Hilde Nelissen, obtained her Master in Biotechnology (1998) and her PhD in the lab of Mieke Van Lijsebettens at Ghent University (2004), studying Arabidopsis leaf development. After her first post-doc on Arabidopsis (2004-2007), Hilde’s interest shifted towards applied research. Subsequently, when Hilde was appointed as teaching assistant at Ghent University, her research activities (2008-2014) were focused on implementing maize as a crop model in the department. From 2014 onward, Hilde is project leader of the translational research unit within the group of Dirk Inzé at the Flanders Institute for Biotechnology, and Ghent University. The main focus of her research is to understand how maize organs grow under standard and drought conditions, starting from the leaf, that offers an accessible model to study the dynamic changes in the molecular an physiological growth processes. The acquired knowledge from the leaf is translated to other plant organs and is integrated in growth networks together with insights from the model species Arabidopsis. Hilde aspires to apply molecular biology tools in maize and she manages (GM) field trials in Belgium. Since 2012, Hilde is co-lecturer for ‘Plant Research Technologies’ and ‘Plant Yield’ at Ghent University.
Stephen Depuydt graduated from Ghent University in 2004 as a Bio-Engineer in Cell and Gene Biotechnology. In 2008 he obtained his PhD degree at the faculty of Sciences of Ghent University with a dissertation that dealt with the molecular biology of the Rhodococcus fascians – plant interaction. By means of a Marie Curie Postdoctoral fellowship he next worked at the Department of Molecular Plant Biology of the University of Lausanne (Switzerland), further specializing in developmental plant biology and plant hormone interactions. In 2012 he subsequently re-joined Ghent University/VIB as an FWO (National Research Foundation Flanders) postdoctoral fellow, starting up research towards the mode of action of a novel plant hormone. Since august 2014 he works as a Professor at Ghent University Global Campus in Korea where he heads the lab of Plant Growth Analysis. His current research focuses on how novel and sustainable biostimulantia can improve and influence plant growth and yield, in both rice and Arabidopsis as model species.
Hannes obtained his Ph.D in 2015 at the University of Ghent, where he investigated the link between genes than control leaf size in Arabidopsis thaliana. Currently, he works as a post-doctoral researcher to study post-translational regulators that control the transition of cell proliferation to cell expansion during leaf development.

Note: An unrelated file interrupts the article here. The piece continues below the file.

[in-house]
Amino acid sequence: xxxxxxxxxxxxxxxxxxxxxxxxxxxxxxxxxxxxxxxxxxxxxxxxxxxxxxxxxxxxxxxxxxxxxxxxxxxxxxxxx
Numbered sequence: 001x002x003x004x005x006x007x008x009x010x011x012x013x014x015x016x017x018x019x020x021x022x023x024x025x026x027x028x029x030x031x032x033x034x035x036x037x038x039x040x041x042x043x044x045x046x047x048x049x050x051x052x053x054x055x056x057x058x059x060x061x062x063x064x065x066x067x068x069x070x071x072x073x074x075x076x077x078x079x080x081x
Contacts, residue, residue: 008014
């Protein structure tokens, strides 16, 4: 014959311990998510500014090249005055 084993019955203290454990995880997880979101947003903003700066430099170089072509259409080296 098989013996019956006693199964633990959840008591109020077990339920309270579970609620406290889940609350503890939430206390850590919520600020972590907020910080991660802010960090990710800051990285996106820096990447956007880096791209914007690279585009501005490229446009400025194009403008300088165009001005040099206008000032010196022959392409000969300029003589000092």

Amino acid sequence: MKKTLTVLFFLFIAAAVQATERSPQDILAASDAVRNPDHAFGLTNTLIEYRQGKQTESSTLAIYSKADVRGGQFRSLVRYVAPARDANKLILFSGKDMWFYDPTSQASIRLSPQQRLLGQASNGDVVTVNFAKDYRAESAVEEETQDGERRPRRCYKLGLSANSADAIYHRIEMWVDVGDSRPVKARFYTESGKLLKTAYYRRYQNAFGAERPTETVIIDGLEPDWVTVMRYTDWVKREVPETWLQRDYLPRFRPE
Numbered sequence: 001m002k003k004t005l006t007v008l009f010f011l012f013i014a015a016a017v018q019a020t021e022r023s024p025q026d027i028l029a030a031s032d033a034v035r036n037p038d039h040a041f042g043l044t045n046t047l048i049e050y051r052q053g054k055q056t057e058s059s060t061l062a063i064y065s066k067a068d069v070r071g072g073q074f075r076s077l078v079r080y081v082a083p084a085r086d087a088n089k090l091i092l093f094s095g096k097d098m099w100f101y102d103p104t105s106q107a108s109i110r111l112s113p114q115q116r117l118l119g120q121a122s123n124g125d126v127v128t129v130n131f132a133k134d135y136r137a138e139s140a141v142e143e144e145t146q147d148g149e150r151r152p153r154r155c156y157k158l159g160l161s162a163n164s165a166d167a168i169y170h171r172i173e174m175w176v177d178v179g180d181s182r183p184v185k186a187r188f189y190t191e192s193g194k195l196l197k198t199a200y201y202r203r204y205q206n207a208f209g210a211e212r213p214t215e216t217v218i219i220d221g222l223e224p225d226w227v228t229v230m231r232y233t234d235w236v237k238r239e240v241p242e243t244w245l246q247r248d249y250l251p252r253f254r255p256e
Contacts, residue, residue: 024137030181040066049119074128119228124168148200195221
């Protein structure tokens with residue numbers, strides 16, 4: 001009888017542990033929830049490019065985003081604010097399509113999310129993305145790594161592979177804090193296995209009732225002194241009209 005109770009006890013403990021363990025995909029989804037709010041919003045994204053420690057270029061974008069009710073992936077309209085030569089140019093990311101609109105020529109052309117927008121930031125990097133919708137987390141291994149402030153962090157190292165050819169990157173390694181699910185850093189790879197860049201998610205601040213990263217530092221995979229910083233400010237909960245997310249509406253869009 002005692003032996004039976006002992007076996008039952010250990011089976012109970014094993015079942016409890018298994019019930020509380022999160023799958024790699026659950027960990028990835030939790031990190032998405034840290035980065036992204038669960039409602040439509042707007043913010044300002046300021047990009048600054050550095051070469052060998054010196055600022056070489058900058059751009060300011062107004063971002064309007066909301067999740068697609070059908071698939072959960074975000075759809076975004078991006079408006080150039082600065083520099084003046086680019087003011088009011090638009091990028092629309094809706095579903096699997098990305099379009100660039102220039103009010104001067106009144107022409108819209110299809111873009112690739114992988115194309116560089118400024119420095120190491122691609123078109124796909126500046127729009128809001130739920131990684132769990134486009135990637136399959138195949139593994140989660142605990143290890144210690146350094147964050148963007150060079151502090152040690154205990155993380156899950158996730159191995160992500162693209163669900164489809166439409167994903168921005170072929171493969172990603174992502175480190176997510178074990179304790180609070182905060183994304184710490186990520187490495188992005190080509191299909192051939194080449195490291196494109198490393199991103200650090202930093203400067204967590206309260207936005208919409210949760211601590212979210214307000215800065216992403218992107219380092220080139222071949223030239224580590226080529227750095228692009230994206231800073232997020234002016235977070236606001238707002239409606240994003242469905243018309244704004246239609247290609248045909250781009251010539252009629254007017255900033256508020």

Tom Van Hautegem
In 2009, Tom Van Hautegem obtained his M.Sc. degree in Biology at Ghent University (Belgium). His master thesis focused on the identification of Medicago truncatula mutants that are defective in nodulation. In December 2014, Tom obtained his PhD at Ghent University at the Department of Plant Systems Biology (PSB) of the VIB in the Programmed Cell Death group headed by Prof. Dr. Moritz Nowack. During his PhD he was dissecting the molecular networks controlling programmed cell death during plant development. Since February 2015, he is working as a postdoctoral researcher in the Systems Biology of Yield group of Dirk Inzé to investigate the link between C4 carbon assimilation and growth in maize leaves.
Stijn Dhondt obtained the degree of Master in Bioscience Engineering from the Ghent University in 2006. Next, he started as a predoctoral fellow in the research group of “Organ Growth Regulation” headed by Prof. Gerrit Beemster at the VIB department op Plant Systems Biology. He finished his PhD entitled “Imaging as a tool to study leaf development in Arabidopsis thaliana” in 2012. Currently, he is a postdoctoral fellow in the research group “Systems Biology of Yield” headed by Prof. Dirk Inzé. He is involved in the design and establishment of several plant phenotyping platforms in the department, giving support on the design and analysis of phenotyping experiments, and supervising the development of the phenotyping data management software, called PIPPA. His current research project focuses on the identification and mode of action research of plant-growth-enhancing small molecules using an image-based chemical genetics approach.
Stan Van Praet